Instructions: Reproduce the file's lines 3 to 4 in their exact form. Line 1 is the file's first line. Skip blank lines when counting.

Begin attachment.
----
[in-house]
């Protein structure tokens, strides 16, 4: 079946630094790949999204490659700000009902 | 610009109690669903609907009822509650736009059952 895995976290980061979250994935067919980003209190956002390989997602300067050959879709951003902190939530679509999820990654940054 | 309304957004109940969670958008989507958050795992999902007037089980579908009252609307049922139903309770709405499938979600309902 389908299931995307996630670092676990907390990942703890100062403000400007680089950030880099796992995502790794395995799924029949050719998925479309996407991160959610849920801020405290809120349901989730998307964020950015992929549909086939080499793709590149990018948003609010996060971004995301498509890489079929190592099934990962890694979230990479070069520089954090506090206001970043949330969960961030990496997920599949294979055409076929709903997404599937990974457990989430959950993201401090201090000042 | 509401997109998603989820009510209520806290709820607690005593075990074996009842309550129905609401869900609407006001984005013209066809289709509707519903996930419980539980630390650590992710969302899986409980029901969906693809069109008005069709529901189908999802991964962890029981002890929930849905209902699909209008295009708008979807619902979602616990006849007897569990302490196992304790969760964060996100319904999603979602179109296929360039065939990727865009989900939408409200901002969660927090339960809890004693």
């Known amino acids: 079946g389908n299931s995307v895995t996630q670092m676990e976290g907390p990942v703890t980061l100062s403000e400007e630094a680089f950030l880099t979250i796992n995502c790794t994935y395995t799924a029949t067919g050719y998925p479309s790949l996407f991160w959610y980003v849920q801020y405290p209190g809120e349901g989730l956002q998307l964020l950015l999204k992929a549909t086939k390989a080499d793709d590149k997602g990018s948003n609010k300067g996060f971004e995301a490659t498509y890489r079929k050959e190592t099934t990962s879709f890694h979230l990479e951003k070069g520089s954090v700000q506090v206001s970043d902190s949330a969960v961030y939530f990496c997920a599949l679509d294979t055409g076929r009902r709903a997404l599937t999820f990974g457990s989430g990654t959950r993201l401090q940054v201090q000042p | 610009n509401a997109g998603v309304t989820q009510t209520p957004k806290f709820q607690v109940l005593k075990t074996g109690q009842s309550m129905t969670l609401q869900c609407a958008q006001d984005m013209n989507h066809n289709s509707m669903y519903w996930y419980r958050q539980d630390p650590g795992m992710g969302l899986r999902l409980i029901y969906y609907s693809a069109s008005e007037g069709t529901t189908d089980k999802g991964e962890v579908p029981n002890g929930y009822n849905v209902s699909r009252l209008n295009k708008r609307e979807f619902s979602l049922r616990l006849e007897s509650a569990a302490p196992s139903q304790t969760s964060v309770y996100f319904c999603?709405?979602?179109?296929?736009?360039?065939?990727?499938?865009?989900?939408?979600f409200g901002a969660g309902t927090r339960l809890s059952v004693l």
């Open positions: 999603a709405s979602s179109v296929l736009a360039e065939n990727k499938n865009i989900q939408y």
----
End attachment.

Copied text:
């Known amino acids: 079946g389908n299931s995307v895995t996630q670092m676990e976290g907390p990942v703890t980061l100062s403000e400007e630094a680089f950030l880099t979250i796992n995502c790794t994935y395995t799924a029949t067919g050719y998925p479309s790949l996407f991160w959610y980003v849920q801020y405290p209190g809120e349901g989730l956002q998307l964020l950015l999204k992929a549909t086939k390989a080499d793709d590149k997602g990018s948003n609010k300067g996060f971004e995301a490659t498509y890489r079929k050959e190592t099934t990962s879709f890694h979230l990479e951003k070069g520089s954090v700000q506090v206001s970043d902190s949330a969960v961030y939530f990496c997920a599949l679509d294979t055409g076929r009902r709903a997404l599937t999820f990974g457990s989430g990654t959950r993201l401090q940054v201090q000042p | 610009n509401a997109g998603v309304t989820q009510t209520p957004k806290f709820q607690v109940l005593k075990t074996g109690q009842s309550m129905t969670l609401q869900c609407a958008q006001d984005m013209n989507h066809n289709s509707m669903y519903w996930y419980r958050q539980d630390p650590g795992m992710g969302l899986r999902l409980i029901y969906y609907s693809a069109s008005e007037g069709t529901t189908d089980k999802g991964e962890v579908p029981n002890g929930y009822n849905v209902s699909r009252l209008n295009k708008r609307e979807f619902s979602l049922r616990l006849e007897s509650a569990a302490p196992s139903q304790t969760s964060v309770y996100f319904c999603?709405?979602?179109?296929?736009?360039?065939?990727?499938?865009?989900?939408?979600f409200g901002a969660g309902t927090r339960l809890s059952v004693l």
């Open positions: 999603a709405s979602s179109v296929l736009a360039e065939n990727k499938n865009i989900q939408y």